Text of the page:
Bogus job recruitment scams in which a job may be promised in exchange for personal details, identity documents, and so on. Many of the bogus recruiters may contact you via SMS, What’sApp or through sites such as freelancer.com. Telstra does not make use of these services for these purposes and any offer of employment made through them is not authentic.
Cryptocurrency account scams
Cryptocurrency accounts represent an attractive target for scammers. Be wary of any email, message, or online advertisement which may try to convince you to create, or log in, to a cryptocurrency account. Never provide remote access to your computer to anyone who claims to want to enlist your support to “track hackers” by using your cryptocurrency account.
Malicious QR codes in scam emails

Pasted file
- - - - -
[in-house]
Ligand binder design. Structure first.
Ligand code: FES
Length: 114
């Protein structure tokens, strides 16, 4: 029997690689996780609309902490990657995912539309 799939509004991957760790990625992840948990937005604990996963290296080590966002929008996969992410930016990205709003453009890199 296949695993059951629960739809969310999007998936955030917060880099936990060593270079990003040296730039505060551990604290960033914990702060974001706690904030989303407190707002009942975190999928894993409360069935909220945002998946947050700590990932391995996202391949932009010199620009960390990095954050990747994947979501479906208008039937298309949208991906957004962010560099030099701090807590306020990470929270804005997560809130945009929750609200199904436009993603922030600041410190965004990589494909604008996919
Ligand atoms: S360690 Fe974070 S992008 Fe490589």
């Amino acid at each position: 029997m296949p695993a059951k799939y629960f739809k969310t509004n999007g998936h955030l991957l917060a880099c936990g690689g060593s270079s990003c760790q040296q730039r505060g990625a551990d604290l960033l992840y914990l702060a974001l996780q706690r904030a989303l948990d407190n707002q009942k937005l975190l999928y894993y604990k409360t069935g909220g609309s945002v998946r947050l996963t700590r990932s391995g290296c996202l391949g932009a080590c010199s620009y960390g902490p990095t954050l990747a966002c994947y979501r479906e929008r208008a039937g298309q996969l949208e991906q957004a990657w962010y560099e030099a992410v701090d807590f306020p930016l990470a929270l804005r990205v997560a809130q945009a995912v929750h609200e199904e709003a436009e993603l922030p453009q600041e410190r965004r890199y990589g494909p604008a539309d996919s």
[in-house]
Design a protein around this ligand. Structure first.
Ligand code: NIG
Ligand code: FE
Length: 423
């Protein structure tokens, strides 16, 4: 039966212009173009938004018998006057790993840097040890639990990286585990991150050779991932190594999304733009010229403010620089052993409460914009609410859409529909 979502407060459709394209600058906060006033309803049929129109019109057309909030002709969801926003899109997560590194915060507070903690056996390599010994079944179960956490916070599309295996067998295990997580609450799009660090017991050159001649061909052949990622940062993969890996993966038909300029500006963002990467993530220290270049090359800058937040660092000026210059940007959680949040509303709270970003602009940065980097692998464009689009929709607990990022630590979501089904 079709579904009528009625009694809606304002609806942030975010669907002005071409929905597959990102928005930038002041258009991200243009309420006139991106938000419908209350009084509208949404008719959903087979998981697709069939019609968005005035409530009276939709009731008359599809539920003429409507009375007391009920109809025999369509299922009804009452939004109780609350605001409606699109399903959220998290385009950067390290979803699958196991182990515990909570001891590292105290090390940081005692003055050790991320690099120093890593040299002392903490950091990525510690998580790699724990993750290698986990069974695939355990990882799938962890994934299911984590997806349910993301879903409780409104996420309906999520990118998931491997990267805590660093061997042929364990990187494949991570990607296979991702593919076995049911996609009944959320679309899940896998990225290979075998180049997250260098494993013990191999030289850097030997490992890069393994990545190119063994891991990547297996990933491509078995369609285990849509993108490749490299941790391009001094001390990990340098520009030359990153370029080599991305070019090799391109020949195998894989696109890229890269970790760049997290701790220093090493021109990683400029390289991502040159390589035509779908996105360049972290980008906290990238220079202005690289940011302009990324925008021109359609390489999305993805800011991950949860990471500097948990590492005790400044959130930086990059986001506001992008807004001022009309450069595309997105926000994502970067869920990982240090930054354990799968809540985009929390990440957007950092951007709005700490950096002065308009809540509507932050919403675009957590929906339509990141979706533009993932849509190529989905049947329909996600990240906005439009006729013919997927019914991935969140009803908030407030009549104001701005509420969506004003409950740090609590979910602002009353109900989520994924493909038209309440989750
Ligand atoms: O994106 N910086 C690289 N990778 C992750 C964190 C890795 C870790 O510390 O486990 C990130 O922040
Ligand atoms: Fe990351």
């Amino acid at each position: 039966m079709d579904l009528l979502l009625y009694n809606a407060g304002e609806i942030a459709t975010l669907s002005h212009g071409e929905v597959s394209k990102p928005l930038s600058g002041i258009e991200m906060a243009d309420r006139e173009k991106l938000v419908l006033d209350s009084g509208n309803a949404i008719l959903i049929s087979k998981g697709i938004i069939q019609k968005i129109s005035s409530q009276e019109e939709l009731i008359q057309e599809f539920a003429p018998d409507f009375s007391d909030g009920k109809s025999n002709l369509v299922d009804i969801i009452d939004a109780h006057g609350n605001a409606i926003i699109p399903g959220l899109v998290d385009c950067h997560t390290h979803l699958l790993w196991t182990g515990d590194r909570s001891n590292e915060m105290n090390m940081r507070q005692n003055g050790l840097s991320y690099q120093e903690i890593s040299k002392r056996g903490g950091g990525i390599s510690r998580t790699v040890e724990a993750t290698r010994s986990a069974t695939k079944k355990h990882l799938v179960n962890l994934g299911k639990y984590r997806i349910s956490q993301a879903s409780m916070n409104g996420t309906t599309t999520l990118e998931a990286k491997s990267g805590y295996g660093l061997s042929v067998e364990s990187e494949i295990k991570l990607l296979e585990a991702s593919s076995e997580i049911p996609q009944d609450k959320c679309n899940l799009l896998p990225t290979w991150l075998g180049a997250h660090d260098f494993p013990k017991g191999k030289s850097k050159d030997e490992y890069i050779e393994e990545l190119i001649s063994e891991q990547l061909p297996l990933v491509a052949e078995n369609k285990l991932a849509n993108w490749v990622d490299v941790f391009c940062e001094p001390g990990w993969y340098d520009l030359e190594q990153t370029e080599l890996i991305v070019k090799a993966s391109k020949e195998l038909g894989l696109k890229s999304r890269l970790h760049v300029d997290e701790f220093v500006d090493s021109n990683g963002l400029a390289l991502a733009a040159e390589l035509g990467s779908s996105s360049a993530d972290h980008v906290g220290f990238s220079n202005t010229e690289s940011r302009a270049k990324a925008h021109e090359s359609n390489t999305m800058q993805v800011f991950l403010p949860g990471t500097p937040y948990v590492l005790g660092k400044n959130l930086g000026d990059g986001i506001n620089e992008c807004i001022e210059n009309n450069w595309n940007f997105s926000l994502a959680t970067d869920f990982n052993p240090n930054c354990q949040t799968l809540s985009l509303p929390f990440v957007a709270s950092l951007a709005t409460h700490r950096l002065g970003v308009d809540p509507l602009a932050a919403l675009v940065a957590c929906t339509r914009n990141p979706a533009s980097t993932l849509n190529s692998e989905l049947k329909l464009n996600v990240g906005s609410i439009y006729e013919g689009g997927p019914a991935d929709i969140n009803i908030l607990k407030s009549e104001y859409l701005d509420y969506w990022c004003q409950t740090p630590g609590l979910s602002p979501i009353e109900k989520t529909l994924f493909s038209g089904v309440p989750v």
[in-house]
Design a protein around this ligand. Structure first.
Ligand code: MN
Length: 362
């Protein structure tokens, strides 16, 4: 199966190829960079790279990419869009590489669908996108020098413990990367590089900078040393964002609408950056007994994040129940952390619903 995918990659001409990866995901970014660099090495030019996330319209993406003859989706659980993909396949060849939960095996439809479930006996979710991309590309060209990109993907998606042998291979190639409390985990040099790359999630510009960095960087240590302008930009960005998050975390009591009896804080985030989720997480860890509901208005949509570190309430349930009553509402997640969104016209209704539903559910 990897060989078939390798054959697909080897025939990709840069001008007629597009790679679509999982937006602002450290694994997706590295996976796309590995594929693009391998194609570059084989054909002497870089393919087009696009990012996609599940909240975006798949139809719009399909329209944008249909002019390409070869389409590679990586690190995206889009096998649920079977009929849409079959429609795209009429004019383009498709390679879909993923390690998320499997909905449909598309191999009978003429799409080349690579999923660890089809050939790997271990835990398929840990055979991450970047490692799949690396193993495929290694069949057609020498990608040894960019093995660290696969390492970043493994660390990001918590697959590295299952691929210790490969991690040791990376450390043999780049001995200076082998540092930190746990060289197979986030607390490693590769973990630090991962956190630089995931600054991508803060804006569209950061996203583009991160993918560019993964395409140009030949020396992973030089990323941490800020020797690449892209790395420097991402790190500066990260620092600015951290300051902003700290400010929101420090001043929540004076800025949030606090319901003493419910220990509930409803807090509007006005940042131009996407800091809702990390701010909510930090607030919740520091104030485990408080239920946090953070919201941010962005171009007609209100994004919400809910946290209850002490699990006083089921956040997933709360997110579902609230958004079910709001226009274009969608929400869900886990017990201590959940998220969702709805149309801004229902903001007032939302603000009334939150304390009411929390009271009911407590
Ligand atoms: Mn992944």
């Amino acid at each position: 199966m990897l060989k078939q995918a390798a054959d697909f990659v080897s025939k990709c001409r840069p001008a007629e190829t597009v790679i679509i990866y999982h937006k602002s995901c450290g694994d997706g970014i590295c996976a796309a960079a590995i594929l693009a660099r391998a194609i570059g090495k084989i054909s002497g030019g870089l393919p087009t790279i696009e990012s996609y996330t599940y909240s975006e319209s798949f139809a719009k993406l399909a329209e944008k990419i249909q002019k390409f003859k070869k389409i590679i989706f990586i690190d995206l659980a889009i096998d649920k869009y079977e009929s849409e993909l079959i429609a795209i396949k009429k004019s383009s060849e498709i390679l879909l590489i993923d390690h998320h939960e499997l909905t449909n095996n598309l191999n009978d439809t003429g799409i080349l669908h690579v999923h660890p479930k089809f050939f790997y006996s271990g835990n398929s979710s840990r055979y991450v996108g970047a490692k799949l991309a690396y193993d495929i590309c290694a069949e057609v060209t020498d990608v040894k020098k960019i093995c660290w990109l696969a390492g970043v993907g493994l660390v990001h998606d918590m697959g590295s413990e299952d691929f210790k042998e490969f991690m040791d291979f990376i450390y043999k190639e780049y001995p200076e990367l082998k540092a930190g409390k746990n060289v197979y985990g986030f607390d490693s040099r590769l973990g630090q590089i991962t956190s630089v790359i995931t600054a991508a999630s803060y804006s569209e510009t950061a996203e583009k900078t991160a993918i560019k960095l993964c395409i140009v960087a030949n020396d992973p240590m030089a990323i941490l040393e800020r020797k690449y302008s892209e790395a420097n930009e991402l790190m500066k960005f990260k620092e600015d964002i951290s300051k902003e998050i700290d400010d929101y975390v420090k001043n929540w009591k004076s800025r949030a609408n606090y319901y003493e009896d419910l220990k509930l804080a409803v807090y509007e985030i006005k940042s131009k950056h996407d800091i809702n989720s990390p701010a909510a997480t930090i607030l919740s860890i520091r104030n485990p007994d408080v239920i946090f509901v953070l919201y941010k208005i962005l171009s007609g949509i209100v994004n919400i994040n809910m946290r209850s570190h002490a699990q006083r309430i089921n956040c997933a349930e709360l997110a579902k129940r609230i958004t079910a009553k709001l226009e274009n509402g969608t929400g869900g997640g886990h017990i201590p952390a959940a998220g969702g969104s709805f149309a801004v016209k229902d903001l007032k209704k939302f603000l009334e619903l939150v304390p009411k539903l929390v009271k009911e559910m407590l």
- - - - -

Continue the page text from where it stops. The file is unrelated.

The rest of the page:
There has been a significant increase in the malicious use of QR codes to trick potential victims into visiting malicious websites. Scam emails claiming to be from the ATO, myGov, or other organisations may contain threats or warnings of financial or other penalties as a way to scare people into scanning and using the QR code. Be extremely cautious with QR codes and never visit links they may point to without first evaluating the link's destination in detail. Most mobile devices will display the link location first, and if it does not point to a known and trusted website you are familiar with, do not click.
"We have received complaints about your email account" scam
In this scam, an email is received which claims that Telstra has received a number of complaints about your email account sending viruses. The email has a link to a malicious website which claims to help you "scan for viruses", or, in some cases, to download (fake) anti-virus software. Whilst Telstra does notify our customers of security or Internet abuse issues, these scam emails contain a number of spelling and grammatical mistakes, are not personalised for the recipient, and also contain a noticeable mixture of peculiar colours and fonts in an HTML email. Telstra's Internet Abuse department would never send messages in such a fashion.